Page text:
The new guidelines recommend that women should get vaccinated against whooping cough every time they get pregnant, regardless of whether they have had the vaccination before.
These guidelines signal a new approach to vaccination, said guideline co-author Dr. Eliana Castillo, a specialist in reproductive infectious diseases at the University of Calgary. Vaccinations are increasingly seen as not just to protect mom, she said, but also to protect the baby after it’s born.
“In the next few years we are probably going to see new vaccines that are designed, trialled and approved specifically for that indication: to be given to mom, so mom can make the antibodies and pass them to babies through the placenta in such a way that when babies are born, they are protected,” Castillo said.
Similarly, although pregnant women have been told to get the flu shot for some time, Castillo said, the new guidelines emphasize its importance in protecting the baby from the flu after birth. “If mom is protected against influenza she will pass on her antibodies, and we have pretty good data that those antibodies can protect the baby very efficiently from getting the flu in the first six months of life.”
“Babies less than six months cannot get the flu shot themselves, so the best way to protect them is to make sure that mom is protected and can protect them through the antibodies she makes.”
Doctors are warned against giving live vaccines, such as the measles, mumps and rubella shot, to pregnant women, and women should wait four weeks after getting the shot before they get pregnant, according to the guidelines. However, the new guidelines say that doctors should not counsel patients to terminate their pregnancy if they happen to have accidentally received a live vaccine.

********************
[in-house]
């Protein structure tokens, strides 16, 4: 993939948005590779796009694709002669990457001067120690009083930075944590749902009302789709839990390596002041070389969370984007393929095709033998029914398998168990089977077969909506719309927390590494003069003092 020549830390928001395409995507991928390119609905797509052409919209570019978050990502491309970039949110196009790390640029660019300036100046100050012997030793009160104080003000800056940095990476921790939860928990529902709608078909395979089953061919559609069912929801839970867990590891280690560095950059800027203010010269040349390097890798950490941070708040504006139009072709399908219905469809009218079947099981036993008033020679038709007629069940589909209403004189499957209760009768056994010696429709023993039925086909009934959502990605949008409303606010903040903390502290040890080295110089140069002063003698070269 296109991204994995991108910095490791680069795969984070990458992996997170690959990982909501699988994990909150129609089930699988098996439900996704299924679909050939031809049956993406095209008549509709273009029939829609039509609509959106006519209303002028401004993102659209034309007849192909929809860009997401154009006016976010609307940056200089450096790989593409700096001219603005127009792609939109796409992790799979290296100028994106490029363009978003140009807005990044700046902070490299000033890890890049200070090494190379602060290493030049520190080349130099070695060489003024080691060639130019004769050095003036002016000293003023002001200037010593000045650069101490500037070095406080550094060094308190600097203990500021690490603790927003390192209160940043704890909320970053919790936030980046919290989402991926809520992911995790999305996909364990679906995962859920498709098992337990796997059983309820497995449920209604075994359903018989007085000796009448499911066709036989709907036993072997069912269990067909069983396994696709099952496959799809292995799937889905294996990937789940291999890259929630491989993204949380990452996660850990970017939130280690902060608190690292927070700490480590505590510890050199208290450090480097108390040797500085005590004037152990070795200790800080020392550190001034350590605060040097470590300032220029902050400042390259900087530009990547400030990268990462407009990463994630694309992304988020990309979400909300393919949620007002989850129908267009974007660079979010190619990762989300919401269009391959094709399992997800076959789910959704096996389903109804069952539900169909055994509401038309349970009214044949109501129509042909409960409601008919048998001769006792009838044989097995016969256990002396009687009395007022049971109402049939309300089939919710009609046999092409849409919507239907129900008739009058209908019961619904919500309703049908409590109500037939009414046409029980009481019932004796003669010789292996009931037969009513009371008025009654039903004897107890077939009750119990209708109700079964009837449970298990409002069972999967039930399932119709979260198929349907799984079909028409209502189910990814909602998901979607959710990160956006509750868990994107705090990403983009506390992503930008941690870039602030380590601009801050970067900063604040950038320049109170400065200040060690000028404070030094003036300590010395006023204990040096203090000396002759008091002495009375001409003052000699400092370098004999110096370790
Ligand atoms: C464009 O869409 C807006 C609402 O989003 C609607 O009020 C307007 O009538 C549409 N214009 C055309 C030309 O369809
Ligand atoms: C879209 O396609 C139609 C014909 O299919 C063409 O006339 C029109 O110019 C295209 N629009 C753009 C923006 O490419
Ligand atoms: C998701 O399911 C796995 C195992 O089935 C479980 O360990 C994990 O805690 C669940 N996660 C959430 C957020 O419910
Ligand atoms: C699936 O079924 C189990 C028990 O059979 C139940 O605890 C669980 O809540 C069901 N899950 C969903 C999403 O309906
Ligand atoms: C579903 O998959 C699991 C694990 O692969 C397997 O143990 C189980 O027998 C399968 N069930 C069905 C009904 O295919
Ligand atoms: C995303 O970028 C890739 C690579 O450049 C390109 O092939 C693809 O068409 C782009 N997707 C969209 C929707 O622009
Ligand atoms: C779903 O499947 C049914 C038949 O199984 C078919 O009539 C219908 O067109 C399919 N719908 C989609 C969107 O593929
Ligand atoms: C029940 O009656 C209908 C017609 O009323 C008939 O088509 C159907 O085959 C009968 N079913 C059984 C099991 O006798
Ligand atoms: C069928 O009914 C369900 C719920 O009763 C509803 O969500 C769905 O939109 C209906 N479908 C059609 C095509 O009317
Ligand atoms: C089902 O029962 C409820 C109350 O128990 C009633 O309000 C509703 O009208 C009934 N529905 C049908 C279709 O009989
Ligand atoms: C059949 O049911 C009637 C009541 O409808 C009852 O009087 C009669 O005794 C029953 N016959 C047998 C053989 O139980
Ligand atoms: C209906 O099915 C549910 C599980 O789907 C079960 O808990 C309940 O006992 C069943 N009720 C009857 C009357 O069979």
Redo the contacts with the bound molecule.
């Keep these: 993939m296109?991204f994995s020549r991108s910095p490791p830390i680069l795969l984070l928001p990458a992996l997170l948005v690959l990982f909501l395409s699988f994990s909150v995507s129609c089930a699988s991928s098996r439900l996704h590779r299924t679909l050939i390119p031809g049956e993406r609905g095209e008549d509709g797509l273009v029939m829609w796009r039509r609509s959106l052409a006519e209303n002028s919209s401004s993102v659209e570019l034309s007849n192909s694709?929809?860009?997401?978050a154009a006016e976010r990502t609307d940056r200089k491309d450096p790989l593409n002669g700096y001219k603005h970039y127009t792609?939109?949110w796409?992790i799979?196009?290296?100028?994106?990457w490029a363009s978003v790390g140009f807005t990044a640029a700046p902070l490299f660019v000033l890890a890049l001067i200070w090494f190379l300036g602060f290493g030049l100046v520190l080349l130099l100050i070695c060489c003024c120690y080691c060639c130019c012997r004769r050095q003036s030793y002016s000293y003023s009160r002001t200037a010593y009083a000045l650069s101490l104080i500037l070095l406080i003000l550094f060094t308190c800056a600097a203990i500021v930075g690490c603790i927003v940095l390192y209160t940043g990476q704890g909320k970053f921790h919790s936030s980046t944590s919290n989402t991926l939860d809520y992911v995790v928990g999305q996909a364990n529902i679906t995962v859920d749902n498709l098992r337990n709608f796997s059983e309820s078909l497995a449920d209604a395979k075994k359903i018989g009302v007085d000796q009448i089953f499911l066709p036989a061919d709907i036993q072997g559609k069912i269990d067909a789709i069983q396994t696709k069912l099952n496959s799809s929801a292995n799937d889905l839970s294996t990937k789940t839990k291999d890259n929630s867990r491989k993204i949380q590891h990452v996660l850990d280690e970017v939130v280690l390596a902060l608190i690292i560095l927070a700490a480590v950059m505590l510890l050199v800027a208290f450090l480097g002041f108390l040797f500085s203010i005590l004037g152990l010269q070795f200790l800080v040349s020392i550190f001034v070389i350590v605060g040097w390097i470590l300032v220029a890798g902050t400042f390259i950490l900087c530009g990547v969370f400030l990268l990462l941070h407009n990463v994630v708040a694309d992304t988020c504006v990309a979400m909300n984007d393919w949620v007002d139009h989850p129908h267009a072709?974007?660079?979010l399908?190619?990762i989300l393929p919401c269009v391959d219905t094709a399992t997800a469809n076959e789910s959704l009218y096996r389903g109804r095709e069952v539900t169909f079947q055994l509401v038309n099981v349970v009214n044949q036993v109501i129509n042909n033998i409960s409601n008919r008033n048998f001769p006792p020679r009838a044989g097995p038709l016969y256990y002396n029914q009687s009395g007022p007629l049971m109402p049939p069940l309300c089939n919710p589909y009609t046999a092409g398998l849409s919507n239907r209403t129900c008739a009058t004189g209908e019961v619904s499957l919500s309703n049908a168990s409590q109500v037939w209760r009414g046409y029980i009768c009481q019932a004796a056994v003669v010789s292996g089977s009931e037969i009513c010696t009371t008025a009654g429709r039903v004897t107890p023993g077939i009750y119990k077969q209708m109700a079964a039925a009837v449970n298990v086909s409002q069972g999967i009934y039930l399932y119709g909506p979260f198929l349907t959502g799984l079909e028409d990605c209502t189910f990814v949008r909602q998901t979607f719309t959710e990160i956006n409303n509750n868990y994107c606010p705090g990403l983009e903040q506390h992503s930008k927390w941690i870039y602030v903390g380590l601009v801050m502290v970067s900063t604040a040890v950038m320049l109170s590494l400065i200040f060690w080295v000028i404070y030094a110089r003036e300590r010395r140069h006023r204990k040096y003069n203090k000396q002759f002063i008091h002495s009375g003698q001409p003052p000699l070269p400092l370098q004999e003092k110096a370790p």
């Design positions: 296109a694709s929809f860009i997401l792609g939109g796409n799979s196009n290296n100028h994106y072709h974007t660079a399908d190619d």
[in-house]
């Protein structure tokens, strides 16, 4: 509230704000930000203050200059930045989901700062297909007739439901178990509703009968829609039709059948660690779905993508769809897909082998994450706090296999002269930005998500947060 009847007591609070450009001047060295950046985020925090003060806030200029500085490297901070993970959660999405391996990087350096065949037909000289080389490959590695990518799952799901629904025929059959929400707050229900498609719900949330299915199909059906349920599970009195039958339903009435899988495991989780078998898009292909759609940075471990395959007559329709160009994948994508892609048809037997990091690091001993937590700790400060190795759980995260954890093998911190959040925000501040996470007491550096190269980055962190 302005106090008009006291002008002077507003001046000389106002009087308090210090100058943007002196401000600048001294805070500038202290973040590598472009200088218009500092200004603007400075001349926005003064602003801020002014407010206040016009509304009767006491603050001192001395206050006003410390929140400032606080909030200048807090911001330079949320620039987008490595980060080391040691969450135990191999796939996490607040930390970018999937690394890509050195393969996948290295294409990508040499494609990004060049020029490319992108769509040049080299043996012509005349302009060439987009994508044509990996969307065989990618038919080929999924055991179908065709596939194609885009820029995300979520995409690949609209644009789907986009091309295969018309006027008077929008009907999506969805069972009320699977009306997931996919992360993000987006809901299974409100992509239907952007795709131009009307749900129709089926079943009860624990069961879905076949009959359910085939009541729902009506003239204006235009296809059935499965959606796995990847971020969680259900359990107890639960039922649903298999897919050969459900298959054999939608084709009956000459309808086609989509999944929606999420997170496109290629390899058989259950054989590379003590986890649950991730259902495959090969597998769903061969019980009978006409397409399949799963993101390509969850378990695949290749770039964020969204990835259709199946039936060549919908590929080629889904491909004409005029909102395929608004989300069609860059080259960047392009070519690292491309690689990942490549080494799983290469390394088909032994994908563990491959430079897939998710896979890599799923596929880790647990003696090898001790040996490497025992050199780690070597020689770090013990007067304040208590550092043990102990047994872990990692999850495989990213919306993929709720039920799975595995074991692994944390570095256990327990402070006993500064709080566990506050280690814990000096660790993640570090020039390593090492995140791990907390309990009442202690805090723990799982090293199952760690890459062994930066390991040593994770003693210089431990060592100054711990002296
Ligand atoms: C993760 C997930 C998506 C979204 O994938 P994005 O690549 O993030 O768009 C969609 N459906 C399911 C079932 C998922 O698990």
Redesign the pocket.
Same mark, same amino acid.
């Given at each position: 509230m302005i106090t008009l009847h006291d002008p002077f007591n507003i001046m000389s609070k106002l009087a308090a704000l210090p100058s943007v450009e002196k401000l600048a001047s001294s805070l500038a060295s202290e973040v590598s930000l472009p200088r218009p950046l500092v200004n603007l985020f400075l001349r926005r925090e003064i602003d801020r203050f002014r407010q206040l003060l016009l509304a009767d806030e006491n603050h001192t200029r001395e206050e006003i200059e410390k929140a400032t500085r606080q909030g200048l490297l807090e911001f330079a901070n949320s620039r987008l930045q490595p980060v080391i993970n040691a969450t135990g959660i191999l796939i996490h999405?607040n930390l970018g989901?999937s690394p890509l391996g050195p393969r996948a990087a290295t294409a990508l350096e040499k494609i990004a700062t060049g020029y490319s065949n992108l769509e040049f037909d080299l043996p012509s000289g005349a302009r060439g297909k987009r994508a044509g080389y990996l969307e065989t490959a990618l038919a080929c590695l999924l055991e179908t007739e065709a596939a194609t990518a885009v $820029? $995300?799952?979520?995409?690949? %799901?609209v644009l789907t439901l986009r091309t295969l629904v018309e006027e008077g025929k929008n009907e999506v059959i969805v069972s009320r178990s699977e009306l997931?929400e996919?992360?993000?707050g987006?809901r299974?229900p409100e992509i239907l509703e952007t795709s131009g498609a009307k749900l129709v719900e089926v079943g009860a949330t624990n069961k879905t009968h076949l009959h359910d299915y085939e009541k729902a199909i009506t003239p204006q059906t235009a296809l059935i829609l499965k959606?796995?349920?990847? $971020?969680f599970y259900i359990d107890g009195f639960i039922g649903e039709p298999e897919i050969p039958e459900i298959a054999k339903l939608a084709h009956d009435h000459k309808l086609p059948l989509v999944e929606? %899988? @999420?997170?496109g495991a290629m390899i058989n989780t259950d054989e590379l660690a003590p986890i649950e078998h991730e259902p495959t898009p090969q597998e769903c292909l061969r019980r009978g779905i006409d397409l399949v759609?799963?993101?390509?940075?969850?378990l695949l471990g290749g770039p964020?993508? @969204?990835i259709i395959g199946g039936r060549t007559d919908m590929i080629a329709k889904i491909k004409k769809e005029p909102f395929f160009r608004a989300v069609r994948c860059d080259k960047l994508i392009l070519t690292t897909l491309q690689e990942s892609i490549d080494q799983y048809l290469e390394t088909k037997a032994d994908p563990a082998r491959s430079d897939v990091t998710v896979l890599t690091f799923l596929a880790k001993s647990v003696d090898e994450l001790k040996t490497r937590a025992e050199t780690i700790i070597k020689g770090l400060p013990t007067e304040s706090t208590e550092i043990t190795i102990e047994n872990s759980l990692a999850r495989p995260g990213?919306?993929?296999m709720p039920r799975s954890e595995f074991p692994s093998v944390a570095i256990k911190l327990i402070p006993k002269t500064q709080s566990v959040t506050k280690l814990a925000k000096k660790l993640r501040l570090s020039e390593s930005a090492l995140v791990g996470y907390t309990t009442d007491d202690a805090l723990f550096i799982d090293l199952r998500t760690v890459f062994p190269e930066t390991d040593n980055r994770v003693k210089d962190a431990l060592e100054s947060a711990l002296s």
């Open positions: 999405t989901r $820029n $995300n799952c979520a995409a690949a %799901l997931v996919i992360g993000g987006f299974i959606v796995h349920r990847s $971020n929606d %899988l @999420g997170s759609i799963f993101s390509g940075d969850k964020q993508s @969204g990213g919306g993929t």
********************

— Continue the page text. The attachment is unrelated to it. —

“In real life – 50 per cent of pregnancies in North America are unplanned – what we are trying to say is, don’t panic. No need to counsel this woman about termination,” Castillo said.
Although live vaccines are still contraindicated because of a theoretical risk of transmitting the virus to the baby, there isn’t any evidence to date of that happening, according to the guidelines. “I think we have had data for a while that the chances of those live vaccines harming the fetus are basically none,” Castillo said.
Castillo encourages women to discuss vaccination with their doctors if they have any questions or concerns. Pregnancy is a great time to review your immunization and overall health, she said, and make sure that you have all the recommended shots. “I think it’s important for moms-to-be to understand that there are conditions that could be very serious for herself or her babies.”